The effect of dogma on Iranian society, which has a religious identity, is vast. And its negative effect is greater than secularism because dogmatic believers usually project an aura of religious legitimacy. Centuries of our history have been governed not by the conscientious and thoughtful effort of the people of this land, but by autocratic and whimsical rulers. Freedom of thought, which represents the key condition of being present on the stage of destiny and the main impetus for dynamism and growth in social life, has not been respected in our society. Our temperament has not been trained to be receptive to freedom. In the past half century, every time the ground has been ripe for us to experience freedom, we have squandered the opportunity.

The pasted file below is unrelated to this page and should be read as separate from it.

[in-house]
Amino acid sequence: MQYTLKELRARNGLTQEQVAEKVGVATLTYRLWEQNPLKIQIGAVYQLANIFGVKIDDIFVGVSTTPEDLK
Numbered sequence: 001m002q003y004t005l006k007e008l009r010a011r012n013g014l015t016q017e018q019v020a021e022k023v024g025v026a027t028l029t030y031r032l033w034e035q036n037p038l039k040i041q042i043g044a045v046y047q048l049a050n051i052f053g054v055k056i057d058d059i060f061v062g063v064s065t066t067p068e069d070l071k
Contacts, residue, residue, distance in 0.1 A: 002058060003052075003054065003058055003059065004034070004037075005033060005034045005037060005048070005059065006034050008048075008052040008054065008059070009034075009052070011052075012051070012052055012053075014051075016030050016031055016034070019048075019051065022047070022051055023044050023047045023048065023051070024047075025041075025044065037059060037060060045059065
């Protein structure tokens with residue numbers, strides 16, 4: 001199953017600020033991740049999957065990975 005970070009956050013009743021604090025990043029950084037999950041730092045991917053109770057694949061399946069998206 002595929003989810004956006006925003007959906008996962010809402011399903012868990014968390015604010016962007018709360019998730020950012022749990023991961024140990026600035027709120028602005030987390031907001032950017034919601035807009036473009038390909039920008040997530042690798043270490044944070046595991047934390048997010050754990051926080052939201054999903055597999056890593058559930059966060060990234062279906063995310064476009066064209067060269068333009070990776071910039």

“[The Iranian President’s writings are] generating unusual excitement among Middle East scholars and policy makers” – New York Times
“This book is a voice of optimism in a world of cultural uncertainties” – Ali A. Mazrui, State University of New York at Binghamton
“An enlightened and cohesive image of Islam and an Islamic revolution that is much more open to the West and new ideas than we have seen before” – Richard W. Bulliet, Columbia University